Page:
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Enhancing the Patient Check-in Experience With Language Access

Patient check-in process

The number of people with limited-English proficiency (LEP) living in the U.S. is large — and growing.

Approximately 20% of the entire U.S. population speaks a language other than English at home, with 25 million considered Limited-English proficient. Often, effective care is hard to access due to language differences.

Patient journey mapping is an excellent tool for outlining all of the critical touchpoints a patient goes through when receiving medical care. When it comes to language access, every touchpoint should be carefully considered, especially because limited-English speakers are at high risk of facing health disparities. However, the initial points of contact can set the stage for how the rest of the patient's experience goes and the quality of the care they receive. Therefore, a positive check-in experience is critical for LEP patients.

The Importance of a Positive Check-in Experience for LEP Patients

For most patients, check-in is the first face-to-face touchpoint. This pertinent process involves both gathering information from the patient and supplying information to the patient about the care they will receive. In the case of an emergency situation, check-in also means triage to determine the next steps to make sure the patient gets adequate care. Wrong impressions, miscommunications, and confusion at this point in the journey can generate a host of problems and put the patient at risk.

A positive check-in experience means:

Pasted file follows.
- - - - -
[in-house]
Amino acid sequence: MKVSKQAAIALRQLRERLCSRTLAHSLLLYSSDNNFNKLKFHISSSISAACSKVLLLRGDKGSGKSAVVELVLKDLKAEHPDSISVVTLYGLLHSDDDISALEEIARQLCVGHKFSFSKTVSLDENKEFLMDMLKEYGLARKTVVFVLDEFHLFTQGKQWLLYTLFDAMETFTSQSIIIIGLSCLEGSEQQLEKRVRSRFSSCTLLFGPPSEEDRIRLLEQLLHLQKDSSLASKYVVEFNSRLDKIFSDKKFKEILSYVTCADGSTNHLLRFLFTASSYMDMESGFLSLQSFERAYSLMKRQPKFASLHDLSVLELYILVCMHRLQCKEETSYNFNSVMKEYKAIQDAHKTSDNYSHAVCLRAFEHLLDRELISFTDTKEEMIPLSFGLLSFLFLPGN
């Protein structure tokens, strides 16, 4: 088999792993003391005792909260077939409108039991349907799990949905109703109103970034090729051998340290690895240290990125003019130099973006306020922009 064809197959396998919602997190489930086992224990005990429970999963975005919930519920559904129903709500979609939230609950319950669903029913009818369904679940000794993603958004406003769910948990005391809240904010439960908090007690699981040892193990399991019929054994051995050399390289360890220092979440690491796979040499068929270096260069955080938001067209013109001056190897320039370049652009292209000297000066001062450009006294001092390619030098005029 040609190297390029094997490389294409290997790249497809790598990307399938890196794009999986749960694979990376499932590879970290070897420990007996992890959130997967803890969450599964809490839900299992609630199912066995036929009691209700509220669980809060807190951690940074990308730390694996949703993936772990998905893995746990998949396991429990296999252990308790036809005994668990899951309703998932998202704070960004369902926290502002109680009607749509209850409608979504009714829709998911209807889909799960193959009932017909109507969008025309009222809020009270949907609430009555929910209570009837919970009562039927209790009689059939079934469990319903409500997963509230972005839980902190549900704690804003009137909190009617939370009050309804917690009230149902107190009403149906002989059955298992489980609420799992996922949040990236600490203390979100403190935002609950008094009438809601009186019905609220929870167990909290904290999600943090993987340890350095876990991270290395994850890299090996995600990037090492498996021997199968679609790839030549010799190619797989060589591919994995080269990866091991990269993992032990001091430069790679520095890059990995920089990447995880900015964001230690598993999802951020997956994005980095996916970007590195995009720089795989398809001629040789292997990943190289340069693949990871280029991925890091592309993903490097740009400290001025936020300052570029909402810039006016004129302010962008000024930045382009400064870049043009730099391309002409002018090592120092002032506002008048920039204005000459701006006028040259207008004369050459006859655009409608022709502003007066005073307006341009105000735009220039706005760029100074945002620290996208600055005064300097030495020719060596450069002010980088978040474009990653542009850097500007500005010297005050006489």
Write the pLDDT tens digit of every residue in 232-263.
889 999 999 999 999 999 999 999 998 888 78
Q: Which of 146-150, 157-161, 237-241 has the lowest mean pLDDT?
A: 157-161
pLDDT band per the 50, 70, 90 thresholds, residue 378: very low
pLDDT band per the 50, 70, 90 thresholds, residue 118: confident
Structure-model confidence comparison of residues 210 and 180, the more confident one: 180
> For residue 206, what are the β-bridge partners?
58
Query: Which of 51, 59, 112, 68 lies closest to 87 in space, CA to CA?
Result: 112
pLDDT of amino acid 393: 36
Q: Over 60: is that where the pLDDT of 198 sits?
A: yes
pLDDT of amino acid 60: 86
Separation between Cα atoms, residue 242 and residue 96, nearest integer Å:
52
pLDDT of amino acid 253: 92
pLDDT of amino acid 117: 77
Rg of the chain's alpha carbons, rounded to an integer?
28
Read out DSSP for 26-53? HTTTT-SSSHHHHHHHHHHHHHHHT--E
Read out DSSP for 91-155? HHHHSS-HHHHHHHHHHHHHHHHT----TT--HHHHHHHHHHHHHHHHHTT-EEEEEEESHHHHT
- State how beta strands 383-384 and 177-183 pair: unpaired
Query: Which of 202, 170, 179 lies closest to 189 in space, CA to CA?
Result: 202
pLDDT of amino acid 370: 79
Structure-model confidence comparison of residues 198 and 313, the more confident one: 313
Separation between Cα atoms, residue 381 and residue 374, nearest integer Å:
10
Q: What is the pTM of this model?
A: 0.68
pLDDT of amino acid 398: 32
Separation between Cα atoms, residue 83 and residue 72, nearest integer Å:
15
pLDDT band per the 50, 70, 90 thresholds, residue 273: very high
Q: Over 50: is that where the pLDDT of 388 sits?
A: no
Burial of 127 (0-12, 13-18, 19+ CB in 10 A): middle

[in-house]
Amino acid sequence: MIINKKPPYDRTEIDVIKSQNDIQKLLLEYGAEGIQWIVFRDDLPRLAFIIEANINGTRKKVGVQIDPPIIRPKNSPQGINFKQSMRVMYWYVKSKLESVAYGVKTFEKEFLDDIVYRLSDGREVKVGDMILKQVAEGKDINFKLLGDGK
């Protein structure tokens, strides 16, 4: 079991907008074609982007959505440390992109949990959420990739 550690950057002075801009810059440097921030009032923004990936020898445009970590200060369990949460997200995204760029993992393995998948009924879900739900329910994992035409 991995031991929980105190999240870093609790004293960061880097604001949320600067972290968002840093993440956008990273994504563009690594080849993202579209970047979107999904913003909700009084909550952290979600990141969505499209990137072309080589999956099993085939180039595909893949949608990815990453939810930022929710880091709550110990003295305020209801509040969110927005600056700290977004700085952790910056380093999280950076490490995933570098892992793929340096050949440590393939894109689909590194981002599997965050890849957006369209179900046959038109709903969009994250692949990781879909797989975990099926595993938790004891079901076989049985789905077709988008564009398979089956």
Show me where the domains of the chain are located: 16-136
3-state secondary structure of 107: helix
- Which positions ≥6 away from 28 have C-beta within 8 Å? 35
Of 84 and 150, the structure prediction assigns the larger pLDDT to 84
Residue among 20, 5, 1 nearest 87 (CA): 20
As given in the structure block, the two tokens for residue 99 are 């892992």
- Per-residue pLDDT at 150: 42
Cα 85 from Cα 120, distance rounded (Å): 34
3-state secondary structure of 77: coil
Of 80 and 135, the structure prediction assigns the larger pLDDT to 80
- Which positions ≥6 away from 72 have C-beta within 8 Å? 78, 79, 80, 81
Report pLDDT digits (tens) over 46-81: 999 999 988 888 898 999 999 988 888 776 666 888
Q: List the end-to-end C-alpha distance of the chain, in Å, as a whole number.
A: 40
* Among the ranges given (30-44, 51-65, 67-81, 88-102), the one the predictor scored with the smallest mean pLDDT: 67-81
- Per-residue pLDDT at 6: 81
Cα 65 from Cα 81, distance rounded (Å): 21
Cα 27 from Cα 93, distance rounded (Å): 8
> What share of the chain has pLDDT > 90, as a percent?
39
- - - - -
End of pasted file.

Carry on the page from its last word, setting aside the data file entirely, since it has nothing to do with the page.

• The patient feels confident they have communicated their symptoms effectively
  • The patient's medical history and care needs are well understood by the staff
  • The patient feels comfortable moving through the journey and receiving care

Limited-English speakers may already be apprehensive about seeking care, either due to perceived discrimination or fear of difficulties with communication. A positive check-in reassures the patient that seeking care was the right decision.

How Language Access Enhances the Patient Check-in Experience

Even though there is legislation meant to ensure LEP patients have access to an interpreter, one study found that 43% of hospitalized LEP patients did not have access to an interpreter during admission. Translation support and quality medical interpreting are known to improve patient experiences in many respects, including overall quality of care and satisfaction with the care received.

A high-quality language access plan can support an optimal check-in experience for LEP patients and provide a more culturally competent environment for catering to a diverse population. Below are a few types of language services, plus how they support positive admissions or check-in experiences.


Translation ensures administrators and staff have written materials to give patients in their preferred language. For example, a simple translated intake form ensures the patient understands what information the care provider needs about symptoms, medical insurance, and more.

Having certain documents on hand can also enhance the patient check-in experience. For example, a "Point to Your Language" poster ensures the administration staff knows what language the patient would be most competent in speaking. This would allow them to arrange for proper language services, such as a telephone interpreter, during their visit.

Telephone and/or Video Interpretation

Telephone and video interpretation gives the LEP patient and the staff member a reliable two-way line of communication. Instead of relying on an accompanying family member, friend, or rudimentary translation, a professional interpreter ensures clear, consistent, and efficient communication and understanding between everyone involved.

On-site Interpretation

On-site interpretation may not be feasible for every limited-English speaking patient due to geographical limitations, but depending on the situation, it may be a preferred option.


Enhance the LEP Patient Journey With Language Access

Enhancing the patient journey for limited-English speakers requires attention to what that patient needs on every level, with language access being a large part of the process.

Want to learn more about providing quality care to limited-English speaking patients? Download our free whitepaper, Best Practices for Working with an Interpreter.


Additional Resources